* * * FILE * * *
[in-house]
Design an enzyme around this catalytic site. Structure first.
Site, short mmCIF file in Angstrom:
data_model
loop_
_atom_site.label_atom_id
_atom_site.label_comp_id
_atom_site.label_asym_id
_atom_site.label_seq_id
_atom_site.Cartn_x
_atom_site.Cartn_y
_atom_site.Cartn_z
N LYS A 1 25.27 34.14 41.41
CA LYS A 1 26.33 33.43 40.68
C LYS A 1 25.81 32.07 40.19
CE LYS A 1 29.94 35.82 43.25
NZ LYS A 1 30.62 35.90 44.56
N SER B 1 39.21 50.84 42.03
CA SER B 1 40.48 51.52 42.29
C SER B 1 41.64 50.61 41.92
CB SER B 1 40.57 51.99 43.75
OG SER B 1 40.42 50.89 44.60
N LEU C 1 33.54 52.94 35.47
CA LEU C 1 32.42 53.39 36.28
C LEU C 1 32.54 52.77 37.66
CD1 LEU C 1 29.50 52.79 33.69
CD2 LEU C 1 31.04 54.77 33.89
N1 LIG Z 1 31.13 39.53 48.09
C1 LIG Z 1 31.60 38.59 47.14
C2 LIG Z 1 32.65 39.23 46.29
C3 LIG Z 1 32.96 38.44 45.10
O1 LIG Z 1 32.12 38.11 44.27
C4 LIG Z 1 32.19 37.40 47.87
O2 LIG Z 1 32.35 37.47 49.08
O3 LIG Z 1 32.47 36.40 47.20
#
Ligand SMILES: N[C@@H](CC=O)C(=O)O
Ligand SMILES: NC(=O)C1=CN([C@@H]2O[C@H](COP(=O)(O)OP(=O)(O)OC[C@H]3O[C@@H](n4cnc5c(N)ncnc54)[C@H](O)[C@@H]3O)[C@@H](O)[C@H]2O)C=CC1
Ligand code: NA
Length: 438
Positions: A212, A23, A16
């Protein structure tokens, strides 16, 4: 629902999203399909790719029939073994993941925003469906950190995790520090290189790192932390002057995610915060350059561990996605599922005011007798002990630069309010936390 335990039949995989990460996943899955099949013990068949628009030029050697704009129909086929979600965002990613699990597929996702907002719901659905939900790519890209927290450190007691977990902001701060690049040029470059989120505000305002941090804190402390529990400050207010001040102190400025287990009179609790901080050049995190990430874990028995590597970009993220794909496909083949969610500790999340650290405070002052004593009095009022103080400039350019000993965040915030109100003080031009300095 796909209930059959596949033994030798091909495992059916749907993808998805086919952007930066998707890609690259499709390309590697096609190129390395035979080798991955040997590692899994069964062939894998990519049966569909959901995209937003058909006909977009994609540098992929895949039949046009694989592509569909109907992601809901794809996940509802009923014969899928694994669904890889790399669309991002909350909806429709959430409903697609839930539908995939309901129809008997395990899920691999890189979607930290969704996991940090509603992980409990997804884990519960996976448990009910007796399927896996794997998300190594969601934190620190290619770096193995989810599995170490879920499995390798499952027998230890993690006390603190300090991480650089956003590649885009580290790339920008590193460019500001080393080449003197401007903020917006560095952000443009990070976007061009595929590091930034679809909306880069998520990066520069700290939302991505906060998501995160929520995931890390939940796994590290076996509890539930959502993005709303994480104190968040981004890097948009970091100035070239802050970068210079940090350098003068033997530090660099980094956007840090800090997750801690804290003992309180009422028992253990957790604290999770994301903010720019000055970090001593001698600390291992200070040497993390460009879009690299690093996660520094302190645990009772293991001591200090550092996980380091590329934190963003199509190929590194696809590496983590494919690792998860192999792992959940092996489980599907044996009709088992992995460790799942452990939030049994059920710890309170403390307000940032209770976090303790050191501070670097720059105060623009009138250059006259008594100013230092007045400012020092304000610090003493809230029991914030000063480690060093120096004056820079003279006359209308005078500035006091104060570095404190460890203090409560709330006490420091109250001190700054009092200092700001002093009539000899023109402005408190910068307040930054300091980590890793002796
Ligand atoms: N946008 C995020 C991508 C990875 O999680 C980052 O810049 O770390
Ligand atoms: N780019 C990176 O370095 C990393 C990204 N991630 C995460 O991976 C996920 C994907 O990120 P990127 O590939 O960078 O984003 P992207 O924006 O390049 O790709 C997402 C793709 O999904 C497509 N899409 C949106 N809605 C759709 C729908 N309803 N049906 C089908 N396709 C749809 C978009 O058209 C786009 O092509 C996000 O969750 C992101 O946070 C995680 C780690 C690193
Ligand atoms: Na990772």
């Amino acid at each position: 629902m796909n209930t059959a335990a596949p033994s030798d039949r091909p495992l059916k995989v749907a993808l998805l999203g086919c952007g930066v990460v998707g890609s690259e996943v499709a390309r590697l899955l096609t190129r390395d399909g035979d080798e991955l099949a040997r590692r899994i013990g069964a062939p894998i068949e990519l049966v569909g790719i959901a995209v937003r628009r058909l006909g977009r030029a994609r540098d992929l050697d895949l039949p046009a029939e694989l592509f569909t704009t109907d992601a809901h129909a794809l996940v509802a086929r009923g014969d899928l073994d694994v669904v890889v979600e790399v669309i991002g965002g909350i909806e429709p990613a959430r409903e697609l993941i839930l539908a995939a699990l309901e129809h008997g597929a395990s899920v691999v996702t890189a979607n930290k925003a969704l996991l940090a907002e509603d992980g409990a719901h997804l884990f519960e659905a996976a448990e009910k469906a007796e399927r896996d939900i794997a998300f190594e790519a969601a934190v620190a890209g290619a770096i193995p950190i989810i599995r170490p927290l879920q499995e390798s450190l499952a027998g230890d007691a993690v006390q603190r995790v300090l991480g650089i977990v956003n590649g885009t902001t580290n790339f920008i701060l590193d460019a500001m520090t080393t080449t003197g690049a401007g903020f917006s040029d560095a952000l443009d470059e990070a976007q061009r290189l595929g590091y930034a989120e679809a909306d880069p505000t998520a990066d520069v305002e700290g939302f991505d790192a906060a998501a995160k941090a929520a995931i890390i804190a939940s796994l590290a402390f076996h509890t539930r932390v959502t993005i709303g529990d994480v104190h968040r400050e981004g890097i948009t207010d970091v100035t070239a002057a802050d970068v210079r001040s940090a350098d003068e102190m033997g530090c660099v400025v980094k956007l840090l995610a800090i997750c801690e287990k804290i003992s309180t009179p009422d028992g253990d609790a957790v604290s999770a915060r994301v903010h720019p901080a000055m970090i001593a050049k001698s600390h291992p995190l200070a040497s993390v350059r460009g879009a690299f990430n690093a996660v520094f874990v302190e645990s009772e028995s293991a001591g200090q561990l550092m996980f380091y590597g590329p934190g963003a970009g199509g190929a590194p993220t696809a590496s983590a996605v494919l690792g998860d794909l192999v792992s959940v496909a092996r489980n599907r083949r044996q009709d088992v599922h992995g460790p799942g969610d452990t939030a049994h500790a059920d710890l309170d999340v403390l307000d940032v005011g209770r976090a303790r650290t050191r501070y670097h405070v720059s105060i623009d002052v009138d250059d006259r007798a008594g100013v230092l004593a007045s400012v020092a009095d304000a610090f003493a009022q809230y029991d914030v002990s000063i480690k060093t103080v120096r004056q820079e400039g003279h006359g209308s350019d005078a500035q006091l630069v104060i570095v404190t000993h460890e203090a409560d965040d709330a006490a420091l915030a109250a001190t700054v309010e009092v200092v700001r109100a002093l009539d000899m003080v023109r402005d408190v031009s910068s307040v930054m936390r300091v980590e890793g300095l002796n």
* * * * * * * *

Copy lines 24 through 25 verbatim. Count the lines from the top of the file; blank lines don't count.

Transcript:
CA LEU C 1 32.42 53.39 36.28
C LEU C 1 32.54 52.77 37.66